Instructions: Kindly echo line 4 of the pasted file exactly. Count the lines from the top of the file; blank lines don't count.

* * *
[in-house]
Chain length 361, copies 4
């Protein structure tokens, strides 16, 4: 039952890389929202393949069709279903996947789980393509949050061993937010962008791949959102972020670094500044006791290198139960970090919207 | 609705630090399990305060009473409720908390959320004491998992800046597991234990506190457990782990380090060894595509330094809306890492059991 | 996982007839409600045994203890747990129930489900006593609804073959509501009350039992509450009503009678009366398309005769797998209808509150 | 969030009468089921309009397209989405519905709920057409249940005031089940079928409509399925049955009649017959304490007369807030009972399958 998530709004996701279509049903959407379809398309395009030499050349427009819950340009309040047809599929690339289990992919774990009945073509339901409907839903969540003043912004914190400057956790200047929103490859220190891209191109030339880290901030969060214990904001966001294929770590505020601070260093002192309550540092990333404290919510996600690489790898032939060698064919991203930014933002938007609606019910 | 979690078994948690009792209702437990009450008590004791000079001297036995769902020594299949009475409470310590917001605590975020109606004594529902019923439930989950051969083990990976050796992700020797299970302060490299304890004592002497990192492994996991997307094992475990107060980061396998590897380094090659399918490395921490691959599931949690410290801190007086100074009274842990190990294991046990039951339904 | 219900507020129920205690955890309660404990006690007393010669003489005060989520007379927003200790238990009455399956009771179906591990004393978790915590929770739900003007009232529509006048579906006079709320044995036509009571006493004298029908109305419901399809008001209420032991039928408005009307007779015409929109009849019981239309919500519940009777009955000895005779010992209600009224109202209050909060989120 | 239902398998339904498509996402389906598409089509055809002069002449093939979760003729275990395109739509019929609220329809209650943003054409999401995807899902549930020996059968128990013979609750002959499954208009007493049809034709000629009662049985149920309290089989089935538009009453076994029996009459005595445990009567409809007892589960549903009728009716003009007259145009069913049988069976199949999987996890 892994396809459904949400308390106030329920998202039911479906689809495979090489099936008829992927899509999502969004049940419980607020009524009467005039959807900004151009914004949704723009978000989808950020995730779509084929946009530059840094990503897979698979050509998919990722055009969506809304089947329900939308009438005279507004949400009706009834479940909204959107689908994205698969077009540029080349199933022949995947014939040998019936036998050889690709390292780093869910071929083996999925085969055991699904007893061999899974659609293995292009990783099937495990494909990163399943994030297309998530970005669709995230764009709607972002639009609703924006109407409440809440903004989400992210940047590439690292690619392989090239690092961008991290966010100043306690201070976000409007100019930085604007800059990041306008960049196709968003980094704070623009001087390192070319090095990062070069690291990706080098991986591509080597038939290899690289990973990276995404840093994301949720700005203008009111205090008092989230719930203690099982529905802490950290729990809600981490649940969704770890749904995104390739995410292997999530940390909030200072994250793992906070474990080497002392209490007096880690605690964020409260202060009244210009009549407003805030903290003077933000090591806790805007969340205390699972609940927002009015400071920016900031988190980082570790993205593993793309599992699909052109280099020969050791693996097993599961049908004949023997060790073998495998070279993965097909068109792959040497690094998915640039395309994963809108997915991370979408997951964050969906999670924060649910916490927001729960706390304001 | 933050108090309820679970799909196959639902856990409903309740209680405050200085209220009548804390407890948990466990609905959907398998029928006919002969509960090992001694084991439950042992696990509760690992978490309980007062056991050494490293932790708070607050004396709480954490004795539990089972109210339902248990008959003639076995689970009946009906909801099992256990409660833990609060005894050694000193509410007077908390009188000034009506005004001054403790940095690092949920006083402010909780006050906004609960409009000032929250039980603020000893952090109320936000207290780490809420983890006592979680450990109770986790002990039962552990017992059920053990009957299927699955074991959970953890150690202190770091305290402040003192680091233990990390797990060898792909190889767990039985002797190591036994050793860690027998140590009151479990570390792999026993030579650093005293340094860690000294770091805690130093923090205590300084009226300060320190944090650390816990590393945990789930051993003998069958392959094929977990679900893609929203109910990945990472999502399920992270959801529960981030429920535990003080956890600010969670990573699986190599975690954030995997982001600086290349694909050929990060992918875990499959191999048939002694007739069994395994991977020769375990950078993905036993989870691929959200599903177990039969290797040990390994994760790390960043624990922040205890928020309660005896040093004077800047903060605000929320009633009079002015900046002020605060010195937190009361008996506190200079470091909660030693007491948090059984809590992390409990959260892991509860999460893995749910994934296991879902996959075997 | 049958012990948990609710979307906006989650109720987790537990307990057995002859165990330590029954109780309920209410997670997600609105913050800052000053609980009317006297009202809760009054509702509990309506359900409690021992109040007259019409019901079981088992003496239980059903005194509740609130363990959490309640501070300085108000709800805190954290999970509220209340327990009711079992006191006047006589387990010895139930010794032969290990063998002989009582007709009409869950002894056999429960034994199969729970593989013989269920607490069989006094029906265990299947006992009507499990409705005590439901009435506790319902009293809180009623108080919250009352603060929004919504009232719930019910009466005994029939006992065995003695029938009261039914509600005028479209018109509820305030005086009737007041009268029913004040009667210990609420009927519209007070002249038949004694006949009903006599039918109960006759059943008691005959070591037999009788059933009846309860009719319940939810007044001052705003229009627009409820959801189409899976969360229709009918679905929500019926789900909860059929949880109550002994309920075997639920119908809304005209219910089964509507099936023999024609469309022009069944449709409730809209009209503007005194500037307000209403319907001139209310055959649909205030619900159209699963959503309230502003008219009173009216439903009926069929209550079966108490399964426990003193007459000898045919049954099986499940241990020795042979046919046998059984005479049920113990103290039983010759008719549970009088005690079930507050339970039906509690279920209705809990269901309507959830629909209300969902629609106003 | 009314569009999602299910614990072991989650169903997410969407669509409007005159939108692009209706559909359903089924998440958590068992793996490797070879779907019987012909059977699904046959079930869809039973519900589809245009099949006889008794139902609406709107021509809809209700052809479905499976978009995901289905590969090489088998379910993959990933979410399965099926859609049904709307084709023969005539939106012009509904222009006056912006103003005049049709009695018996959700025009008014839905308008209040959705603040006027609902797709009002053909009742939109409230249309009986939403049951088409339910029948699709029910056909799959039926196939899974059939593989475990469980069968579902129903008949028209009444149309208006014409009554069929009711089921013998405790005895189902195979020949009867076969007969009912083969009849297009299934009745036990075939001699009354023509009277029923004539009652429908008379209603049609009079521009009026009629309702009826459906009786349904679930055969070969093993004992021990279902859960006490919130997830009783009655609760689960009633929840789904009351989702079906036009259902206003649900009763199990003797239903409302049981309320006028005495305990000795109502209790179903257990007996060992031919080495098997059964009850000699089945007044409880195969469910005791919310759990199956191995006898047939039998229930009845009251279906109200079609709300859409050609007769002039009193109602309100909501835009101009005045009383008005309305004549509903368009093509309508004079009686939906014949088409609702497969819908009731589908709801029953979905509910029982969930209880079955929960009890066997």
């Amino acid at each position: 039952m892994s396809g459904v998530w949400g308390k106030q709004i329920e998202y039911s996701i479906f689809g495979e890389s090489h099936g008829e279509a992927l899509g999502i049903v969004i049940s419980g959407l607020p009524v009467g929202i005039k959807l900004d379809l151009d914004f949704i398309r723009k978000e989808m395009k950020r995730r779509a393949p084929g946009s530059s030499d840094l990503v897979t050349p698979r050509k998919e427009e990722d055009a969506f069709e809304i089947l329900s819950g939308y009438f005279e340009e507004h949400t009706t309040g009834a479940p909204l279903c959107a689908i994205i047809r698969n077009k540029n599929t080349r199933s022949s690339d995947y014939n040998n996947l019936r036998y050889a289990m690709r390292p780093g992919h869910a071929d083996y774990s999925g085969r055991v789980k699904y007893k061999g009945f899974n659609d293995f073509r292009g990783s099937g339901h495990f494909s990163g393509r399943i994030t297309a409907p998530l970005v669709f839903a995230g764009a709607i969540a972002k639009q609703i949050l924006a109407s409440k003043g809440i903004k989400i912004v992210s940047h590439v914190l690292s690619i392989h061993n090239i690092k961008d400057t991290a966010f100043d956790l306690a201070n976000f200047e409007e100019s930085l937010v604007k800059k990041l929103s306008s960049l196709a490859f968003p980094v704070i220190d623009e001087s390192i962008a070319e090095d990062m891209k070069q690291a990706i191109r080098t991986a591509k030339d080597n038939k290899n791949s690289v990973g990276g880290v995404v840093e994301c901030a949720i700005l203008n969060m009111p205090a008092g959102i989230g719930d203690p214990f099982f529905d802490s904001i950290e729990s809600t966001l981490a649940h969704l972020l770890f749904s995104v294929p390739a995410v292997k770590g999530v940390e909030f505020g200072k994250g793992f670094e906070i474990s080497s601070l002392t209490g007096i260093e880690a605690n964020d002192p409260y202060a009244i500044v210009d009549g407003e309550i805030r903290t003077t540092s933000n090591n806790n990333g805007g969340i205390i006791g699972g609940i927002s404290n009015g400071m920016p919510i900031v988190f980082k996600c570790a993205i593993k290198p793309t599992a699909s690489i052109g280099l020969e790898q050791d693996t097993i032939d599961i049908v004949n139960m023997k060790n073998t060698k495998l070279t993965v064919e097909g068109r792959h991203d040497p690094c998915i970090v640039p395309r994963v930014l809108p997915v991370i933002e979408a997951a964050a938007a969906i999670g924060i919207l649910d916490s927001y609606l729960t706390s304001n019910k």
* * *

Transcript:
């Amino acid at each position: 039952m892994s396809g459904v998530w949400g308390k106030q709004i329920e998202y039911s996701i479906f689809g495979e890389s090489h099936g008829e279509a992927l899509g999502i049903v969004i049940s419980g959407l607020p009524v009467g929202i005039k959807l900004d379809l151009d914004f949704i398309r723009k978000e989808m395009k950020r995730r779509a393949p084929g946009s530059s030499d840094l990503v897979t050349p698979r050509k998919e427009e990722d055009a969506f069709e809304i089947l329900s819950g939308y009438f005279e340009e507004h949400t009706t309040g009834a479940p909204l279903c959107a689908i994205i047809r698969n077009k540029n599929t080349r199933s022949s690339d995947y014939n040998n996947l019936r036998y050889a289990m690709r390292p780093g992919h869910a071929d083996y774990s999925g085969r055991v789980k699904y007893k061999g009945f899974n659609d293995f073509r292009g990783s099937g339901h495990f494909s990163g393509r399943i994030t297309a409907p998530l970005v669709f839903a995230g764009a709607i969540a972002k639009q609703i949050l924006a109407s409440k003043g809440i903004k989400i912004v992210s940047h590439v914190l690292s690619i392989h061993n090239i690092k961008d400057t991290a966010f100043d956790l306690a201070n976000f200047e409007e100019s930085l937010v604007k800059k990041l929103s306008s960049l196709a490859f968003p980094v704070i220190d623009e001087s390192i962008a070319e090095d990062m891209k070069q690291a990706i191109r080098t991986a591509k030339d080597n038939k290899n791949s690289v990973g990276g880290v995404v840093e994301c901030a949720i700005l203008n969060m009111p205090a008092g959102i989230g719930d203690p214990f099982f529905d802490s904001i950290e729990s809600t966001l981490a649940h969704l972020l770890f749904s995104v294929p390739a995410v292997k770590g999530v940390e909030f505020g200072k994250g793992f670094e906070i474990s080497s601070l002392t209490g007096i260093e880690a605690n964020d002192p409260y202060a009244i500044v210009d009549g407003e309550i805030r903290t003077t540092s933000n090591n806790n990333g805007g969340i205390i006791g699972g609940i927002s404290n009015g400071m920016p919510i900031v988190f980082k996600c570790a993205i593993k290198p793309t599992a699909s690489i052109g280099l020969e790898q050791d693996t097993i032939d599961i049908v004949n139960m023997k060790n073998t060698k495998l070279t993965v064919e097909g068109r792959h991203d040497p690094c998915i970090v640039p395309r994963v930014l809108p997915v991370i933002e979408a997951a964050a938007a969906i999670g924060i919207l649910d916490s927001y609606l729960t706390s304001n019910k």